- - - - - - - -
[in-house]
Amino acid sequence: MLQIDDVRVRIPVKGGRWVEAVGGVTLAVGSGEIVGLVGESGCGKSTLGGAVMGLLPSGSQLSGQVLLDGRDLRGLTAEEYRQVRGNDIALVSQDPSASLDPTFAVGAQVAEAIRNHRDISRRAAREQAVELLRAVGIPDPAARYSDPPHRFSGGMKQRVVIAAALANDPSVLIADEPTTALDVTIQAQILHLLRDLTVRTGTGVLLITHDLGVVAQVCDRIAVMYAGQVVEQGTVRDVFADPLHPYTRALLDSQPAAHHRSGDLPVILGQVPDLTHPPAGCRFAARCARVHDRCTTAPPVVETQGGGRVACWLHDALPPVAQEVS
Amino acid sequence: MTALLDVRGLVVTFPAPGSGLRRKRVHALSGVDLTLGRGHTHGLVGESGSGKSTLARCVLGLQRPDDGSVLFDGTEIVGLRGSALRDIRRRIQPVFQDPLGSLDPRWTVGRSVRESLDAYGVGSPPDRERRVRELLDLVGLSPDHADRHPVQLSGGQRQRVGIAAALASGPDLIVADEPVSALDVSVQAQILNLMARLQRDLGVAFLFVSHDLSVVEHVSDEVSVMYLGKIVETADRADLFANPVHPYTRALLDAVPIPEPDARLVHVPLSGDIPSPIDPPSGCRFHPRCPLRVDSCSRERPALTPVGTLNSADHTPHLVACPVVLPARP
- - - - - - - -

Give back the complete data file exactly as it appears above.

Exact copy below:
[in-house]
Amino acid sequence: MLQIDDVRVRIPVKGGRWVEAVGGVTLAVGSGEIVGLVGESGCGKSTLGGAVMGLLPSGSQLSGQVLLDGRDLRGLTAEEYRQVRGNDIALVSQDPSASLDPTFAVGAQVAEAIRNHRDISRRAAREQAVELLRAVGIPDPAARYSDPPHRFSGGMKQRVVIAAALANDPSVLIADEPTTALDVTIQAQILHLLRDLTVRTGTGVLLITHDLGVVAQVCDRIAVMYAGQVVEQGTVRDVFADPLHPYTRALLDSQPAAHHRSGDLPVILGQVPDLTHPPAGCRFAARCARVHDRCTTAPPVVETQGGGRVACWLHDALPPVAQEVS
Amino acid sequence: MTALLDVRGLVVTFPAPGSGLRRKRVHALSGVDLTLGRGHTHGLVGESGSGKSTLARCVLGLQRPDDGSVLFDGTEIVGLRGSALRDIRRRIQPVFQDPLGSLDPRWTVGRSVRESLDAYGVGSPPDRERRVRELLDLVGLSPDHADRHPVQLSGGQRQRVGIAAALASGPDLIVADEPVSALDVSVQAQILNLMARLQRDLGVAFLFVSHDLSVVEHVSDEVSVMYLGKIVETADRADLFANPVHPYTRALLDAVPIPEPDARLVHVPLSGDIPSPIDPPSGCRFHPRCPLRVDSCSRERPALTPVGTLNSADHTPHLVACPVVLPARP